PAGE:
March 25, 2013

When It Comes To Employee Privacy, What You Say Is As Important As What You Do

This week’s California Court of Appeals decision in Ignat v. Yum! Brands, Inc. is a reminder to employers to be careful what they say about employees’ private matters.  Yum! Brand, the parent company to Taco Bell, Pizza Hut, and KFC, employed Ignat in its real estate title department.  Ignat took a medical leave of absence to care for her health.  She alleged that upon returning to work, her supervisor informed her that she told everyone in the department that Ignat was bipolar.  Ignat claimed that her coworkers thereafter avoided and shunned her, and one co-worker asked her supervisor if she was going to “go postal” at work.  A few months later, Yum! Brands terminated Ignat’s employment.

Ignat subsequently sued – alleging a single cause of action for common law invasion of privacy by public disclosure of private facts.  Yum! Brands, Inc. obtained summary judgment of Ignat’s lawsuit on the technicality that Ignat did not have any documents showing a disclosure of private facts.  In fact, the trial court was correct that a claim for invasion of privacy required proof of a statement made in a document; an oral statement would not suffice.  Apparently, this anachronism dated back to the development of the common law in earlier times where the only concrete proof of such a statement was a writing.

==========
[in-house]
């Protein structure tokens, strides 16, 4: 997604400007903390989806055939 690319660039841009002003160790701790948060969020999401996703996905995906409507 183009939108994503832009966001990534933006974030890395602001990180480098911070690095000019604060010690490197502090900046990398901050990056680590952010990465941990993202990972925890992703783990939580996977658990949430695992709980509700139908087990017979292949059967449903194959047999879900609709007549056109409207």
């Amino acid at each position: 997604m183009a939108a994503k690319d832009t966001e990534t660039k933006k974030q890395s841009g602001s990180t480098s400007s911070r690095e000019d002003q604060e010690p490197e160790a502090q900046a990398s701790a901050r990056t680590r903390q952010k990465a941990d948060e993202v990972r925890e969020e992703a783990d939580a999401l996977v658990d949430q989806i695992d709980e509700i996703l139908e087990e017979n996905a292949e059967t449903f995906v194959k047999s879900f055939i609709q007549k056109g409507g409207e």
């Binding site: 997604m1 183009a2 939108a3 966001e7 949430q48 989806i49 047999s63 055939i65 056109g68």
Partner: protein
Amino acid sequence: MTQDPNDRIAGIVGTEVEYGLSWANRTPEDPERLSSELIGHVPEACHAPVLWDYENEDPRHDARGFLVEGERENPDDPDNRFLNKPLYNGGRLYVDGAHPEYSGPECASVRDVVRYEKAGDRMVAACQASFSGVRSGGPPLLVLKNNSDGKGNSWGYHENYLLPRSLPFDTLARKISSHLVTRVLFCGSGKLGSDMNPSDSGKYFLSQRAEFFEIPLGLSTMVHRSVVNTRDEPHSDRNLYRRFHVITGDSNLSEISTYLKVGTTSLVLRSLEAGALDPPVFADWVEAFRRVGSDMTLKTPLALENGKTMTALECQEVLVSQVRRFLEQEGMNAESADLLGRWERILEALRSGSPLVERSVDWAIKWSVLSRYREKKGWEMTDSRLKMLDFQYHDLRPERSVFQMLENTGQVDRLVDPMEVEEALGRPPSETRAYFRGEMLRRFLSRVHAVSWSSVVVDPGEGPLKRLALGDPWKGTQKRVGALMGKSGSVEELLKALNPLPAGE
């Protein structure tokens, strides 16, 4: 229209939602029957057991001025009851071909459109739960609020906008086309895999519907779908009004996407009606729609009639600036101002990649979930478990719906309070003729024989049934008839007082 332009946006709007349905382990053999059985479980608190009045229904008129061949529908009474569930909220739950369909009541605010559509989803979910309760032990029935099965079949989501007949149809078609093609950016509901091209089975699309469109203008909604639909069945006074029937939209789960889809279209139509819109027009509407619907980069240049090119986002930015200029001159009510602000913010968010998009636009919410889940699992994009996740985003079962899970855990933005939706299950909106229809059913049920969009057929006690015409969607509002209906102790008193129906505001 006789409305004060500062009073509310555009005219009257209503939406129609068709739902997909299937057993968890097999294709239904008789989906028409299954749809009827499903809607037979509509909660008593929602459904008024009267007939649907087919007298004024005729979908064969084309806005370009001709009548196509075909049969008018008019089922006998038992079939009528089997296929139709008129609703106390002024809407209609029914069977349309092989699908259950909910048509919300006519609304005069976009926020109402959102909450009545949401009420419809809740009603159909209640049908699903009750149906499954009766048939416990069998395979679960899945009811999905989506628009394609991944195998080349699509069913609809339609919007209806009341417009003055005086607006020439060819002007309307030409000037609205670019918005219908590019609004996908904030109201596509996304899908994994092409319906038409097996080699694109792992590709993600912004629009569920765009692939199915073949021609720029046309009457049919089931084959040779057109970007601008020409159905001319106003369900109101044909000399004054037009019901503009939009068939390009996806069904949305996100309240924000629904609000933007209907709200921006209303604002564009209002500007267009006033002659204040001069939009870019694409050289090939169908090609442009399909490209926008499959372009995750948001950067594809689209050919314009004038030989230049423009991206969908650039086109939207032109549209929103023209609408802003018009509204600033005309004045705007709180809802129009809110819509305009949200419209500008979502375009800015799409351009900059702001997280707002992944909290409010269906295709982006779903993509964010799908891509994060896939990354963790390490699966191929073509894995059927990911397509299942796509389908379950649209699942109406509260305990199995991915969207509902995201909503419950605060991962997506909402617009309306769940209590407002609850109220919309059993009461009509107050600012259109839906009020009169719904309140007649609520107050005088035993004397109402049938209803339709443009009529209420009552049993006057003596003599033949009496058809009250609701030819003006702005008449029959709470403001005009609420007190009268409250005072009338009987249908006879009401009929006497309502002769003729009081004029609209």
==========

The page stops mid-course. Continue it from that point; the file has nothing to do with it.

The California Court of Appeals reversed the dismissal, holding a verbal disclosure of private facts is enough to violate the common law right to privacy.  The court stated any rule requiring documents to show a violation of the common law right to privacy is outdated as verbal disclosures of private matters can be just as harmful.  It did away with the seemingly irrational requirement that a writing exist to prove the claim.

But, it did leave Yum! Brands with one other possible means of defeating the case.  The court noted that “liability for the common-law tort requires publicity; disclosure to a few people in limited circumstances does not violate the right . . . .”  So, to prevail, Ignat is going to have to show that there was a wide disclosure of her medical condition, not merely disclosure to a few people.

Interestingly, a claim under the California constitutional violation of privacy (which, for some reason, Ignat did not allege) focuses on institutional record-keeping and does not require a wide dissemination of private information.  Therefore, it is possible that constitutional privacy claims require a writing component.

This case is an example of why it is important for employers to ensure safekeeping of employees records and train their managers regarding employees’ privacy.  Management employees should be trained on what information they must keep confidential and that they should only disclose such information to other management employees who have a legitimate, business-related need for the information and even then, everyone should know not to disclose the information any further.



Category: Privacy Rights,